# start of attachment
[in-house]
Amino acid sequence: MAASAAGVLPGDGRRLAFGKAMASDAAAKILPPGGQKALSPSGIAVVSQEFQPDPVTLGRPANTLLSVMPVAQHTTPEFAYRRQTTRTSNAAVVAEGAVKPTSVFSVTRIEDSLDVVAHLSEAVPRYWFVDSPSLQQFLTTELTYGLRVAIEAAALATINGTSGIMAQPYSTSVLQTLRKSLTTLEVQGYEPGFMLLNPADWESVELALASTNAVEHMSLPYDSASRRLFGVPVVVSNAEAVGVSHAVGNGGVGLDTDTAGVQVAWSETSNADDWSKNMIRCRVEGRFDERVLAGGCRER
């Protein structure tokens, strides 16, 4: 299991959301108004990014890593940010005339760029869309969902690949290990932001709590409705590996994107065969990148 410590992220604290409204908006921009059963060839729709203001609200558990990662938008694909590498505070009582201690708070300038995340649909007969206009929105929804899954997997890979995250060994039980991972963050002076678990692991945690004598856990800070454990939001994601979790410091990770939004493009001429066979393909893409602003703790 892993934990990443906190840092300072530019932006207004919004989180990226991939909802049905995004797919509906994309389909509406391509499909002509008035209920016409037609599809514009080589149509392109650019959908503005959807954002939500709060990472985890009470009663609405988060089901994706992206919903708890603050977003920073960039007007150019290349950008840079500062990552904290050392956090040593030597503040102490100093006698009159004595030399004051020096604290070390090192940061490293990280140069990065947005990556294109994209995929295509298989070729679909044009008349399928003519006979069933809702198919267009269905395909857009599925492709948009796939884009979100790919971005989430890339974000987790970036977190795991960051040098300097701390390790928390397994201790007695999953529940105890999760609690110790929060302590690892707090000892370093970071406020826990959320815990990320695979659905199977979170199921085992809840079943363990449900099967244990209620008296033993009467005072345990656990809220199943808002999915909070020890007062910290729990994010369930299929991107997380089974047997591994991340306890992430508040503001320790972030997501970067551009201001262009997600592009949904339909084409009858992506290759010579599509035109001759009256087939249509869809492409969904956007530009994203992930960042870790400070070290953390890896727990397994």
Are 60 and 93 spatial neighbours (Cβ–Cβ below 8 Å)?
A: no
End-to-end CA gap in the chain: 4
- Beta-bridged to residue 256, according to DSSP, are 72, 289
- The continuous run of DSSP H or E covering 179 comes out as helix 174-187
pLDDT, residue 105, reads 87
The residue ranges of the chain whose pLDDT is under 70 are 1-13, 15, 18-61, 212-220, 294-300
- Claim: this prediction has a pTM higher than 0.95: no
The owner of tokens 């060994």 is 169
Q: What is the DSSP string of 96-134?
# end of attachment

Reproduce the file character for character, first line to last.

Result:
[in-house]
Amino acid sequence: MAASAAGVLPGDGRRLAFGKAMASDAAAKILPPGGQKALSPSGIAVVSQEFQPDPVTLGRPANTLLSVMPVAQHTTPEFAYRRQTTRTSNAAVVAEGAVKPTSVFSVTRIEDSLDVVAHLSEAVPRYWFVDSPSLQQFLTTELTYGLRVAIEAAALATINGTSGIMAQPYSTSVLQTLRKSLTTLEVQGYEPGFMLLNPADWESVELALASTNAVEHMSLPYDSASRRLFGVPVVVSNAEAVGVSHAVGNGGVGLDTDTAGVQVAWSETSNADDWSKNMIRCRVEGRFDERVLAGGCRER
């Protein structure tokens, strides 16, 4: 299991959301108004990014890593940010005339760029869309969902690949290990932001709590409705590996994107065969990148 410590992220604290409204908006921009059963060839729709203001609200558990990662938008694909590498505070009582201690708070300038995340649909007969206009929105929804899954997997890979995250060994039980991972963050002076678990692991945690004598856990800070454990939001994601979790410091990770939004493009001429066979393909893409602003703790 892993934990990443906190840092300072530019932006207004919004989180990226991939909802049905995004797919509906994309389909509406391509499909002509008035209920016409037609599809514009080589149509392109650019959908503005959807954002939500709060990472985890009470009663609405988060089901994706992206919903708890603050977003920073960039007007150019290349950008840079500062990552904290050392956090040593030597503040102490100093006698009159004595030399004051020096604290070390090192940061490293990280140069990065947005990556294109994209995929295509298989070729679909044009008349399928003519006979069933809702198919267009269905395909857009599925492709948009796939884009979100790919971005989430890339974000987790970036977190795991960051040098300097701390390790928390397994201790007695999953529940105890999760609690110790929060302590690892707090000892370093970071406020826990959320815990990320695979659905199977979170199921085992809840079943363990449900099967244990209620008296033993009467005072345990656990809220199943808002999915909070020890007062910290729990994010369930299929991107997380089974047997591994991340306890992430508040503001320790972030997501970067551009201001262009997600592009949904339909084409009858992506290759010579599509035109001759009256087939249509869809492409969904956007530009994203992930960042870790400070070290953390890896727990397994």
Are 60 and 93 spatial neighbours (Cβ–Cβ below 8 Å)?
A: no
End-to-end CA gap in the chain: 4
- Beta-bridged to residue 256, according to DSSP, are 72, 289
- The continuous run of DSSP H or E covering 179 comes out as helix 174-187
pLDDT, residue 105, reads 87
The residue ranges of the chain whose pLDDT is under 70 are 1-13, 15, 18-61, 212-220, 294-300
- Claim: this prediction has a pTM higher than 0.95: no
The owner of tokens 């060994």 is 169
Q: What is the DSSP string of 96-134?